Although Surface tablets do not include a copy of Microsoft Outlook, there are several other ways users can access
their Exchange mailboxes.
By now, you're probably familiar with the Microsoft Surface tablet, which runs on Windows RT. The Windows RT operating system is designed to run on ARM processors, similar to those used in smartphones, rather than on traditional x86 or x64 CPUs.
Because Windows RT relies on ARM processors, the OS is somewhat limited when it comes to running certain applications. Case in point, Windows RT can run certain Modern UI-based apps and embedded desktop apps, but cannot run legacy Windows applications. This made me curious to see what options Windows RT offers for connecting to Exchange Server mail.
Forget about Outlook 2013
Although Office 2013 is built into Surface tablets, Outlook 2013 is not included. Because Microsoft designed the Surface tablets to be consumer devices, only Microsoft Word, Excel, PowerPoint and OneNote are included. In contrast, Surface Pro devices can run traditional x86 applications, but do not include Microsoft Office.
Microsoft Surface tablets connect to Exchange Server via ActiveSync. While Surface tablets have an ActiveSync client built in, it is not as full-featured as Outlook, and there are a few limitations that might prove confusing to end users.
Unlike Outlook, the Surface tablet uses a separate app for each type of Exchange data. For example, there is a Mail app, a Contacts app and a Calendar app.
Another issue that could prove confusing to end users is the fact that when they set up their Surface tablets, the Windows RT operating system asks them to sign in with a Microsoft Live account. Upon doing so, the Mail app automatically connects to Outlook.com. However, after the connection is established, the app does not provide any obvious mechanism for connecting to Exchange.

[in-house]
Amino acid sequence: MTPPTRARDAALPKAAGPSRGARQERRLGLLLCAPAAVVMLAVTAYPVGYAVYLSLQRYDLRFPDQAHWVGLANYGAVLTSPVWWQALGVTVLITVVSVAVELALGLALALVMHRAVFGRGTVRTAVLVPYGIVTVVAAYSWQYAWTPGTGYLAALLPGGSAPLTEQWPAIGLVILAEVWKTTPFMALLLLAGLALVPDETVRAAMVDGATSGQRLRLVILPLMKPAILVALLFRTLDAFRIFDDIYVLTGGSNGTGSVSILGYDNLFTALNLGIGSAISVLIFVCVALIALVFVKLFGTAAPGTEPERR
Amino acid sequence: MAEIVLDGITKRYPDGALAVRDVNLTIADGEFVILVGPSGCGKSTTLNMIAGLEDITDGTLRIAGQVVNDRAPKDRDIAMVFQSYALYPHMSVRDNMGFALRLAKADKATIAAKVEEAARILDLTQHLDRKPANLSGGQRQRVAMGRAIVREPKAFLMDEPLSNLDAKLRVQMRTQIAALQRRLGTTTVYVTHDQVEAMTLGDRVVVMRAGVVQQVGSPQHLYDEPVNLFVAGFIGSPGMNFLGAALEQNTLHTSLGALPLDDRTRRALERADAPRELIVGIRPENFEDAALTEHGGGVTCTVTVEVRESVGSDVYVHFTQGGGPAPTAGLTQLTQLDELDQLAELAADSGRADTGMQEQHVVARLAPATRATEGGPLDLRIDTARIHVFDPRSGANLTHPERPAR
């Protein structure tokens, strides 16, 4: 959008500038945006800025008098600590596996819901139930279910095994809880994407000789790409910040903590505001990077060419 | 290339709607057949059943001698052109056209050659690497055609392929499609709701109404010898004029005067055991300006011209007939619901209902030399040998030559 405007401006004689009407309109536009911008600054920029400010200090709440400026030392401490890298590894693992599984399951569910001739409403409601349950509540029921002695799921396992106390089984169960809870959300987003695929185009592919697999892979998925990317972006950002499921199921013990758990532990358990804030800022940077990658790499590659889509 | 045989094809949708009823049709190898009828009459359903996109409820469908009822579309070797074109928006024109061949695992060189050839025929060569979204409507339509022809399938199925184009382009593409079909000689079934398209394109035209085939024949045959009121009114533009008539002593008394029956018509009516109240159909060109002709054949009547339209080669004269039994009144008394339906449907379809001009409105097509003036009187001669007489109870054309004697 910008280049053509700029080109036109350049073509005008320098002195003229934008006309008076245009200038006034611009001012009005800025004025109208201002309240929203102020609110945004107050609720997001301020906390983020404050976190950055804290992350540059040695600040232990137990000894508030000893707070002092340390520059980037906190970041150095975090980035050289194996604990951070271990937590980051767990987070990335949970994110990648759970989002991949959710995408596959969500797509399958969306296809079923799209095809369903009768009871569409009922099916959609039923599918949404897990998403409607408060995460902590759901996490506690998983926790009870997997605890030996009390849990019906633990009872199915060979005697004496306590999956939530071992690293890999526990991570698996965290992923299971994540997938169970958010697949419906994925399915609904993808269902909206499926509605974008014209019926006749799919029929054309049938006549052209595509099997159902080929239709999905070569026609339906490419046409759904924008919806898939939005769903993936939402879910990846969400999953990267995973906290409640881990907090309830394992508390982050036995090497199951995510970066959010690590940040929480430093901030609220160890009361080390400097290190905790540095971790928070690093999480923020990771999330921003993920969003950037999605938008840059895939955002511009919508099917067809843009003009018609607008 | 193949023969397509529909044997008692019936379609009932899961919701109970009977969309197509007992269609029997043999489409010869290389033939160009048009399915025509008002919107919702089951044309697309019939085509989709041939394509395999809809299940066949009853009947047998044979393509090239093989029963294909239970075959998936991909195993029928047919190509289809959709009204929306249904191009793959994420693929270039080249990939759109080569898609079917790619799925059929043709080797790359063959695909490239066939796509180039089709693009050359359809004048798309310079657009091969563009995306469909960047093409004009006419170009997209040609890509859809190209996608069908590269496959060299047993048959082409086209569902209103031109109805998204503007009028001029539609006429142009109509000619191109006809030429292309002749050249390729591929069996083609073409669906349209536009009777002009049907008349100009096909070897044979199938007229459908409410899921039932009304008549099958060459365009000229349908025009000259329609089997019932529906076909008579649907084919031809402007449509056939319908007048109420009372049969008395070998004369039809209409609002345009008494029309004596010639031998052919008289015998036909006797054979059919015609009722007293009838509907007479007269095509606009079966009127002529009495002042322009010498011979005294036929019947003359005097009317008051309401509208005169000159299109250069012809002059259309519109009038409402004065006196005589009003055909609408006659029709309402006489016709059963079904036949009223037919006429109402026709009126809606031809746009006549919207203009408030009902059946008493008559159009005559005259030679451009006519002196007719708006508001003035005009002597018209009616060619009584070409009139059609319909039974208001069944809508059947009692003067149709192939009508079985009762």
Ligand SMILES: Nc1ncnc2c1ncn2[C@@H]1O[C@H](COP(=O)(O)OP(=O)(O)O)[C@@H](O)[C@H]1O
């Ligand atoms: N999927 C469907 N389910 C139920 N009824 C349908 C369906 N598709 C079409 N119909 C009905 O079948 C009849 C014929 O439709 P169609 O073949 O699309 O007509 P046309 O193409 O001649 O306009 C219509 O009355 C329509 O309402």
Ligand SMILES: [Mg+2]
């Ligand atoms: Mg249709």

In order to connect, you must understand exactly how the Windows RT interface works. If you swipe the right side of the screen, you'll reveal a series of icons: Search, Share, Start, Devices and Settings. Although the icons are accessible from anywhere in the OS, they are context-sensitive. For example, if you tap the Settings icon, the tablet reveals the settings of the specific application the user is working with. Therefore, if you open the Mail icon and then tap the Settings icon, you can access mail settings.
If you're on the Settings page, tap Accounts, then tap Add an Account. You will see a list of messaging services you can connect to. Since we want to connect to an Exchange mailbox, tap the Outlook icon. You will be prompted to enter an email address and password. After you do, the ActiveSync synchronization process begins. The Mail app now displays the Outlook.com account, as well as the Exchange mailbox, on separate tabs so that you can easily move from one mailbox to the other without switching apps.
Another option for accessing Exchange Server mail from a Microsoft Surface tablet is to use a third-party application from the Windows App Store. At the time of this writing, the only third-party app that is compatible with both the Surface and Microsoft Exchange is called Modern Mail Monitor. The app sells for $3.99 and is a POP3 client capable of connecting to multiple email accounts.
Outlook Web App
Users looking for the most full-featured messaging client should turn to Outlook Web App (OWA). The Surface includes Internet Explorer 10 (IE 10), which works very well with OWA. Shortly after I purchased my own Surface, I used IE 10 to connect to Microsoft Office 365. Upon doing so, I was able to read and compose mail using the OWA interface, without any noticeable restrictions or performance issues.
ActiveSync mailbox policies
It's worth noting that Surface tablets do in fact support ActiveSync mailbox policies. So if a user accesses his mail from the Mail app, policies affecting passwords, device restrictions, and others will be applied to the tablet.
About the author
Brien Posey is a ten-time Microsoft MVP with two decades of IT experience. Before becoming a freelance technical writer, Brien worked as CIO at a national chain of hospitals and health care facilities. He has also served as network administrator for some of the nation's largest insurance companies and for the Department of Defense at Fort Knox.